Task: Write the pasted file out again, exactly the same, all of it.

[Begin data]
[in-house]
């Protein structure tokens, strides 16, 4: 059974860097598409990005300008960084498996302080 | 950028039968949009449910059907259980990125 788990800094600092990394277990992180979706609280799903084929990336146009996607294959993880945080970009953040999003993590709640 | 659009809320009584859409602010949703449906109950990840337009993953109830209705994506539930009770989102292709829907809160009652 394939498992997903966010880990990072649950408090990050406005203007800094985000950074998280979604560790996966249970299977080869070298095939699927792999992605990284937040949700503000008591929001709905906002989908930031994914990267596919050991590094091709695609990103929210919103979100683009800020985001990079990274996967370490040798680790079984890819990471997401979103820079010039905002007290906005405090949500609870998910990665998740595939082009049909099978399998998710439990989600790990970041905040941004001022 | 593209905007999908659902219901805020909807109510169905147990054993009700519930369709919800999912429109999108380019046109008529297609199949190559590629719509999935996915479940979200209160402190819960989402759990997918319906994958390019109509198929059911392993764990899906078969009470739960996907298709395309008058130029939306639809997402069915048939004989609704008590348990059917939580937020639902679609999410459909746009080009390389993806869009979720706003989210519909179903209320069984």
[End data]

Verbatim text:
[in-house]
């Protein structure tokens, strides 16, 4: 059974860097598409990005300008960084498996302080 | 950028039968949009449910059907259980990125 788990800094600092990394277990992180979706609280799903084929990336146009996607294959993880945080970009953040999003993590709640 | 659009809320009584859409602010949703449906109950990840337009993953109830209705994506539930009770989102292709829907809160009652 394939498992997903966010880990990072649950408090990050406005203007800094985000950074998280979604560790996966249970299977080869070298095939699927792999992605990284937040949700503000008591929001709905906002989908930031994914990267596919050991590094091709695609990103929210919103979100683009800020985001990079990274996967370490040798680790079984890819990471997401979103820079010039905002007290906005405090949500609870998910990665998740595939082009049909099978399998998710439990989600790990970041905040941004001022 | 593209905007999908659902219901805020909807109510169905147990054993009700519930369709919800999912429109999108380019046109008529297609199949190559590629719509999935996915479940979200209160402190819960989402759990997918319906994958390019109509198929059911392993764990899906078969009470739960996907298709395309008058130029939306639809997402069915048939004989609704008590348990059917939580937020639902679609999410459909746009080009390389993806869009979720706003989210519909179903209320069984």